Advanced Athletes/SFGs

  1. Snatch. Test the same protocol but use a lighter weight—somewhere around 12kg for men and 8kg for women to start.
  2. Push press. Using a near snatch weight. Note that the Viking push press requires a snatch before the first press. This snatch acts as a limiter to keep you from going too heavy. Can’t snatch it? Then you aren’t ready to press it ballistically. This will take trial and error, so use the PUSH Band to guide your assessment.

So, experiment and ease into the following training.

How Many Reps?

Once you have your Goldilocks weight, you can start your velocity-based training (VBT) training in sets of 8-10 reps.

Too few reps and many will not find their rhythm with the movements. We want to work some volume into the routine, but with too many reps you will fatigue, and speed/power will drop off.

So, with the PUSH Band, a good rule of thumb would be to stop the set once the velocity numbers drop off by about 10%. Be patient—it can take up to 10 reps to get the hang of this.

How Many Sets and Exercises?

A good starting point for those new to VBT would be 2-3 sets to establish competency and then build into more volume from there on out.

This could be done 2x week in addition to strength-based programming. This is taxing on the central nervous system, so make sure to use it as a supplement to your main training… the spice to your main course.

Beginners—start with 2-4 weeks of dead-start swings or standard hardstyle swings to learn and hone your technique, and to get familiar with the PUSH device.

2-4 Weeks Intermediate Guidelines (add another set after 3rd set, after week 2):



4-6 Weeks Advanced Guidelines (add a 4th set after week 2, 5th set after week 3, then take a week off before repeating):


Here is an example of swinging a kettlebell with different styles and intentions while using the PUSH Band 2.0 to illustrate how the speed of a swing can vary:

A Real-World Application of Power

The High Striker: An Old School, All-American Test of Power

Imagine going to the county fair and playing the old-fashioned “High Striker” game where you hit a sensor with a hammer to hopefully ring the bell at the top of a board if you have the power to do so.


People love to play this game because they instantaneously get to see the result of their efforts. I mean that’s what people want to see, right? But, this is also a test of power as you are combining a considerable amount of weight with, what one hopes is, at least an equal amount of velocity. In this situation, the hammer is not so heavy as to reduce velocity, but not so light that force production is compromised. In a sense the PUSH Band allows us to return to the carnival games of our youth and play the High Striker game again. Only now the kettlebell is the hammer, we apply the force through effort, the PUSH Band is the game, and the data provided by the technology allows us to keep our eyes on the prize.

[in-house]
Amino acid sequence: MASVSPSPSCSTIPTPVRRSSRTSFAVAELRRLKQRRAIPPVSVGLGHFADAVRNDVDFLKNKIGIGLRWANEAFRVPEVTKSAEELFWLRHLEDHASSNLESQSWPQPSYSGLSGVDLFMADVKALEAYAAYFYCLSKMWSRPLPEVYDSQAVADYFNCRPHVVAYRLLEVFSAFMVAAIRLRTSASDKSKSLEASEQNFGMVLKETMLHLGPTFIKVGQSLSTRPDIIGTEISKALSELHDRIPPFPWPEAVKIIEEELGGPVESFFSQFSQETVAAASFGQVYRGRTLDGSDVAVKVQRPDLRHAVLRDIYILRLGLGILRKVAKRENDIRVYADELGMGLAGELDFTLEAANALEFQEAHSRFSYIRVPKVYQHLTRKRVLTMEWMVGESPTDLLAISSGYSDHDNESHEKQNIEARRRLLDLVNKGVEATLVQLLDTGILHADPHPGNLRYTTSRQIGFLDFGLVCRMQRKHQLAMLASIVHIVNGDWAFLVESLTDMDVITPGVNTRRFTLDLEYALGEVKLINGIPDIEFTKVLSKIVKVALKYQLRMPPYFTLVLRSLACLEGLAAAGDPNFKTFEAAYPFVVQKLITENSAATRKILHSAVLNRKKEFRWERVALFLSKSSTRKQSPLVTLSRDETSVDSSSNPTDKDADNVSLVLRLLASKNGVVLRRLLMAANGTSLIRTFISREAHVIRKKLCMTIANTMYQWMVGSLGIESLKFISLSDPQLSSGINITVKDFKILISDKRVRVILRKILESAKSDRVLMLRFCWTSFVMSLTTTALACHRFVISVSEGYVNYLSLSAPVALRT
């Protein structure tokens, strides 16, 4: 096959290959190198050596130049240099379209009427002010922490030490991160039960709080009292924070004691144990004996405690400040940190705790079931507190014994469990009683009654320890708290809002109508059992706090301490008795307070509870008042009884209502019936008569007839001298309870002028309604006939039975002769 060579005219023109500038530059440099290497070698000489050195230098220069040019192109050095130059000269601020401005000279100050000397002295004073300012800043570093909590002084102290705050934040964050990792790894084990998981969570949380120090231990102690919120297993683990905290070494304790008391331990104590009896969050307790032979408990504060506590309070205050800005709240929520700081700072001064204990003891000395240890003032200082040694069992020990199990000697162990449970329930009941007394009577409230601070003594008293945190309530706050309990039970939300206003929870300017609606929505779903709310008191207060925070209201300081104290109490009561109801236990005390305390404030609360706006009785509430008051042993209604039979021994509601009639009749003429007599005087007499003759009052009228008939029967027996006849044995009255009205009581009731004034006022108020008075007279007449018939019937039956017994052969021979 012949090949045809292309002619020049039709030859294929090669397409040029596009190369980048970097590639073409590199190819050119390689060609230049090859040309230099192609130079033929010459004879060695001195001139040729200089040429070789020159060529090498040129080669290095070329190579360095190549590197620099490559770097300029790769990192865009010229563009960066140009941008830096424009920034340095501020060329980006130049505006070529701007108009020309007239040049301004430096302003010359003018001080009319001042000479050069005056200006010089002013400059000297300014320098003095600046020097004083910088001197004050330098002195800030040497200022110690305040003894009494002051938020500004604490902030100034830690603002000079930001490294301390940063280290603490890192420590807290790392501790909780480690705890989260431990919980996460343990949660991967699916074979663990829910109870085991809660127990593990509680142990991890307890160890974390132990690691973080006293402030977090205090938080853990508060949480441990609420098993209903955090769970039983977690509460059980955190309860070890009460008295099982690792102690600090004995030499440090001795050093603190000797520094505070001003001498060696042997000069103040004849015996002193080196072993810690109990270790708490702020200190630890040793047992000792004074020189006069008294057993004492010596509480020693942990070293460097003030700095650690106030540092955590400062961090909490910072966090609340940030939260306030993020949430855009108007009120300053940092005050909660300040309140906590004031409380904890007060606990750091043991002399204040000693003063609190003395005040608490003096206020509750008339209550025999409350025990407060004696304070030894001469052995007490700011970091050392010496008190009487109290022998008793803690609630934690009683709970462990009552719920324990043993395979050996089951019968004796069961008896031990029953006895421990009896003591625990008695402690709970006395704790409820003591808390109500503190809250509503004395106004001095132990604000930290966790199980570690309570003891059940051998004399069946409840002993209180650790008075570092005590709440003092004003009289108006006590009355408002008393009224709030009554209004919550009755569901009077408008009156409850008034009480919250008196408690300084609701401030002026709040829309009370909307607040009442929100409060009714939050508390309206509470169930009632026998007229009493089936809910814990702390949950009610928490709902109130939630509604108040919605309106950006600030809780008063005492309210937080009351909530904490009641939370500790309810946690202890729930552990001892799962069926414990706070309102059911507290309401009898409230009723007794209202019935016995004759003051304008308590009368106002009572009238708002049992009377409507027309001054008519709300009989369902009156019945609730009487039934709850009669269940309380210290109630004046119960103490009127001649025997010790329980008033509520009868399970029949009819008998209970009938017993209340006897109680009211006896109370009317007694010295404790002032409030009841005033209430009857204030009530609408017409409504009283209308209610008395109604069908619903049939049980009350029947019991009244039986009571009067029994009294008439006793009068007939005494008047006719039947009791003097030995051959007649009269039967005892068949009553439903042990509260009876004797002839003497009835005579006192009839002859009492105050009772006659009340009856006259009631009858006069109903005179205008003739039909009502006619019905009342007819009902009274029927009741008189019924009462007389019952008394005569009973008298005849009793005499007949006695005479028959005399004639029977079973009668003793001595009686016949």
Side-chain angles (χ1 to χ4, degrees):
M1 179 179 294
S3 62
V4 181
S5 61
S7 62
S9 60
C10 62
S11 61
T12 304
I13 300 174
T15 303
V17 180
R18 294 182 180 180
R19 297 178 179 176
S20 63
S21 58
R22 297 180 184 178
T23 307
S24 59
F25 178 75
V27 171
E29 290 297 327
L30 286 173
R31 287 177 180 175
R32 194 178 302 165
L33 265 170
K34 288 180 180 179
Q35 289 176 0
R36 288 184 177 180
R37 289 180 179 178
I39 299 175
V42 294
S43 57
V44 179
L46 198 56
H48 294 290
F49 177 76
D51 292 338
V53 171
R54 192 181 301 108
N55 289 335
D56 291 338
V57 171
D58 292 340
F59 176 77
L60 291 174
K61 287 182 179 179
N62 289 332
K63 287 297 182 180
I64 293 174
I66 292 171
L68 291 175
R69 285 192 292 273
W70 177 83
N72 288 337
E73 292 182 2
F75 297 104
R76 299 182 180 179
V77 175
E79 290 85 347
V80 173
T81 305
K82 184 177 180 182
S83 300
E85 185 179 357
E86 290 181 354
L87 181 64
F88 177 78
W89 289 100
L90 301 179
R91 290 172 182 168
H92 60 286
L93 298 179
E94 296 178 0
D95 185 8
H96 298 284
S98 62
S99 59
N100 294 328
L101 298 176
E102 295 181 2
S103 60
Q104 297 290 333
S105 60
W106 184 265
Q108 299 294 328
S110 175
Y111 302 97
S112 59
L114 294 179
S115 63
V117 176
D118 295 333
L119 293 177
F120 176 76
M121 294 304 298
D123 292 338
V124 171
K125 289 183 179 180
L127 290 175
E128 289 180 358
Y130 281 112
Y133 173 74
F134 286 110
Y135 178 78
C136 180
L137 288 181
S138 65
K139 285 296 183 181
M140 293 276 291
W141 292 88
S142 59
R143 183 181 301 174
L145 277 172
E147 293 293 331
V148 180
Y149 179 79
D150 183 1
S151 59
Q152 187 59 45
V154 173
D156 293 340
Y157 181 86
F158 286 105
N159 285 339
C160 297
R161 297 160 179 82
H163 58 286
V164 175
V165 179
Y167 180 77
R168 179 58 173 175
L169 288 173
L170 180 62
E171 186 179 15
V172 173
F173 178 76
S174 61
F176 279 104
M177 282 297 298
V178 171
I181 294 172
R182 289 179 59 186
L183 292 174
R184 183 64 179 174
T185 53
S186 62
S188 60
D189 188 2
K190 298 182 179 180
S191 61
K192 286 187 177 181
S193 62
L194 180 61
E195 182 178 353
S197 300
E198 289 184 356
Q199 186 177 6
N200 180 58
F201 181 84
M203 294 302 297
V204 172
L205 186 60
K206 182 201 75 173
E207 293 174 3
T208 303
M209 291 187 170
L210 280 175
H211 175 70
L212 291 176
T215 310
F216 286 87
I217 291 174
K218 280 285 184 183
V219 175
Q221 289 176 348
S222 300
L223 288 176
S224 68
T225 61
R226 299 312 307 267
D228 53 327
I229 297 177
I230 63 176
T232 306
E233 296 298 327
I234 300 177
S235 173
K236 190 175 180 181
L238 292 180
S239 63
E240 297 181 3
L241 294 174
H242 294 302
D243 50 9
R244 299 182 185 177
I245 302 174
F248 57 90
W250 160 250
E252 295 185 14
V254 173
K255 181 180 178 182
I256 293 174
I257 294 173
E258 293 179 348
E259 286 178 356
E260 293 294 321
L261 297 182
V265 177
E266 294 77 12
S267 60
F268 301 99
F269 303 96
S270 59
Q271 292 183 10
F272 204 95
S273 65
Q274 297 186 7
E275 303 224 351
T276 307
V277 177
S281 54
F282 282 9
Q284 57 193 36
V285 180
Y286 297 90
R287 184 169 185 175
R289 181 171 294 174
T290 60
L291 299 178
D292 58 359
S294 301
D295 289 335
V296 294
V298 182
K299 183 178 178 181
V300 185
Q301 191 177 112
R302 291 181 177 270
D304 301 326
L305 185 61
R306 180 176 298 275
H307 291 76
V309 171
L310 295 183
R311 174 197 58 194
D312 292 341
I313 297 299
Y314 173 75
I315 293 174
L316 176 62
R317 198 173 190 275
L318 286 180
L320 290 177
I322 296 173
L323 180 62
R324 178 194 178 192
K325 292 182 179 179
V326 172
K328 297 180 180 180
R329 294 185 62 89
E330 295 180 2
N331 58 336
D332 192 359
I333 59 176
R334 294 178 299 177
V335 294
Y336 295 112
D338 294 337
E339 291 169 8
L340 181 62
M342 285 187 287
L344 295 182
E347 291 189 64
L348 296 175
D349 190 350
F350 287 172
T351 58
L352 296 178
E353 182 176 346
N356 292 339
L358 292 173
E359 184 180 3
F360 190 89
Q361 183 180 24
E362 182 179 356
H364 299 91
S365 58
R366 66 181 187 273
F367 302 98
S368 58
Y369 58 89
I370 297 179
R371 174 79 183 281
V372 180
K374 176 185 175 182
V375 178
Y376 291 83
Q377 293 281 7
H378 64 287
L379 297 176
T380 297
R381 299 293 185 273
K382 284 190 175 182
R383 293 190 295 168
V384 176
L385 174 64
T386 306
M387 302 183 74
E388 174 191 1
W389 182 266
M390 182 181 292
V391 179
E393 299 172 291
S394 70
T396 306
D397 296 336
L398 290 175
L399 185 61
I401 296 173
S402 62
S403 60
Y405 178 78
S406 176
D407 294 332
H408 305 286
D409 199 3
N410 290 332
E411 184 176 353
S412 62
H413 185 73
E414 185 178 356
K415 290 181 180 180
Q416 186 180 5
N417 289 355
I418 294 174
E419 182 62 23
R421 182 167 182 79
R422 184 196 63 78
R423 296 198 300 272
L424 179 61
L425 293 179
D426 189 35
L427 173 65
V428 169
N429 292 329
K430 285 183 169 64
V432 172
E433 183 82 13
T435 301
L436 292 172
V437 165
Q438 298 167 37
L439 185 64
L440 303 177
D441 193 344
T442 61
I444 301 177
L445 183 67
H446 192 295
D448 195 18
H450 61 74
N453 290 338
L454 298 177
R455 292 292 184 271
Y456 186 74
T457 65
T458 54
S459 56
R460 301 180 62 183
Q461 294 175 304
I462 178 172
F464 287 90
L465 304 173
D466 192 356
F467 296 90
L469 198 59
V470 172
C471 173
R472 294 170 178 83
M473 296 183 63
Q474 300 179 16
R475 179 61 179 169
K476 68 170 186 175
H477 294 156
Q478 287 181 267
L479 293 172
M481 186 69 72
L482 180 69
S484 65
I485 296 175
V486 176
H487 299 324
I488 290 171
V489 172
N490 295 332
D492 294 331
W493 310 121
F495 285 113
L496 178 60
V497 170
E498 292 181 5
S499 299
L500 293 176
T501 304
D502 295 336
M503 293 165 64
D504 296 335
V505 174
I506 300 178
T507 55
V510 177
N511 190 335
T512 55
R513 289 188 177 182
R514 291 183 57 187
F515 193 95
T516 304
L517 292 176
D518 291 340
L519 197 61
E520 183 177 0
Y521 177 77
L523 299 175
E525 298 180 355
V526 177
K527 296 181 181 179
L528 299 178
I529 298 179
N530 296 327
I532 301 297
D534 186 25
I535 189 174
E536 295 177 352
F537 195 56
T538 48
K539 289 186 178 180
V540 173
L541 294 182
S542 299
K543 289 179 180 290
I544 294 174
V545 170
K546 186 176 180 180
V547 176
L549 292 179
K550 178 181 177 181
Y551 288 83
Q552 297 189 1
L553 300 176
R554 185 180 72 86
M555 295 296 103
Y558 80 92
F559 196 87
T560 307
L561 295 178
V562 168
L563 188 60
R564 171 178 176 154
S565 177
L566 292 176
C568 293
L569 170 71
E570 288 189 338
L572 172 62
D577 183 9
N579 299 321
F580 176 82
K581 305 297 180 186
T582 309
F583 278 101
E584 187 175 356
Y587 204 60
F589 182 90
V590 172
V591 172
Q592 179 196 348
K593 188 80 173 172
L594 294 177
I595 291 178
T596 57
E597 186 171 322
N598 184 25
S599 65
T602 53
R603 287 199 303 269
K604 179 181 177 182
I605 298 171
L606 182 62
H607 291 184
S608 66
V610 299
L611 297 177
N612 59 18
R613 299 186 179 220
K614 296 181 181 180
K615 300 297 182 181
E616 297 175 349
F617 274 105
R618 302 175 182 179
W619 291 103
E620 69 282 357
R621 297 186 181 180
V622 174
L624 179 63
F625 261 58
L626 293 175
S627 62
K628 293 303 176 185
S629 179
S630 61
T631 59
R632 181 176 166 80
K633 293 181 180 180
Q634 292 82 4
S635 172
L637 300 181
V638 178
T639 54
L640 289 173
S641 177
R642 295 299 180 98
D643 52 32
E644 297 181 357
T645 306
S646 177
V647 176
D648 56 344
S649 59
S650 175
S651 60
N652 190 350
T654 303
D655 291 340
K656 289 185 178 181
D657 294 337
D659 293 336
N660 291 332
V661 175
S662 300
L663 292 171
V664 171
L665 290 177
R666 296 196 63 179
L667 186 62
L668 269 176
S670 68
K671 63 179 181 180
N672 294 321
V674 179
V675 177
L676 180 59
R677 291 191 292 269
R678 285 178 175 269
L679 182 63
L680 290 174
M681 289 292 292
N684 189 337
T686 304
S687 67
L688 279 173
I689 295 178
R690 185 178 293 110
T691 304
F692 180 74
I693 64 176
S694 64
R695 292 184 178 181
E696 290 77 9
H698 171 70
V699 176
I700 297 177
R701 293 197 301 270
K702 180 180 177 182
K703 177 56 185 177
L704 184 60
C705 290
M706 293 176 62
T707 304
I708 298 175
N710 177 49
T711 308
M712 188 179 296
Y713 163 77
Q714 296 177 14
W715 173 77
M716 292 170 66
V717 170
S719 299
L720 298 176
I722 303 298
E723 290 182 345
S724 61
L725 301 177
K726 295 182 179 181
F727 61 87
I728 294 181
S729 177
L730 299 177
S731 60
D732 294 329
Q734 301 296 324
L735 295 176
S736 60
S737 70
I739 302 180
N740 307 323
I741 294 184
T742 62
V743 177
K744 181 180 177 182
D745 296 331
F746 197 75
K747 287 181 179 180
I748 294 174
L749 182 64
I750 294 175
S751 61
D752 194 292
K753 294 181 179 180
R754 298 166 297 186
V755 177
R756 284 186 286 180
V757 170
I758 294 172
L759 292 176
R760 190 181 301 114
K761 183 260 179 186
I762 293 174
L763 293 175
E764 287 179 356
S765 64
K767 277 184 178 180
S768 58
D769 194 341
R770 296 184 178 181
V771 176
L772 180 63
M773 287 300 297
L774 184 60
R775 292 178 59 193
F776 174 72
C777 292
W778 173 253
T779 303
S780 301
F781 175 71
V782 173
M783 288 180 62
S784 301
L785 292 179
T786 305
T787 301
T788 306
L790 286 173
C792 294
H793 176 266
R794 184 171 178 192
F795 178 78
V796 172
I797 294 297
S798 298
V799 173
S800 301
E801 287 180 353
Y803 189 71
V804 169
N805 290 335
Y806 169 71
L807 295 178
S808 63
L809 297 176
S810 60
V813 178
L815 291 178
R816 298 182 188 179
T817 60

I have found that the PUSH Band also has some unique self-limiting properties which help keep people swinging well in order to produce the greatest velocity and power readings. Poor form only leads to poor numbers, much like in jumping, sprinting, or throwing techniques. You have to be smooth and rhythmic. Anyone who uses kettlebells soon figures this out, even with very little coaching. Remember this saying: “Slow is smooth, smooth is fast.”


Hopefully, you now have a better idea on how to implement VBT into your programming, and a clearer understanding of the value of power training with kettlebells.

Ultimately, it’s not how hard we can push ourselves, the number of exercises, or how complex we make our training—it’s the simplicity, planning, and application that will keep us safe and get the greatest long-term results.

Once you apply the principles, you can branch out and try other patterns, get more aggressive with the movements, and add volume if you choose. The purpose and principles never change.

This tool can be applied to a barbell or other implements with relative ease, so the potential is nearly endless. Regular real-time, high-quality coaching, video analysis, and a velocity-based training device like the PUSH Band are the future for measurable and consistent data to plan your training and get game-changing results.

If you aren’t assessing, you’re guessing. It’s as simple as that. This technology allows us to gain more insight into optimal training programs for all populations.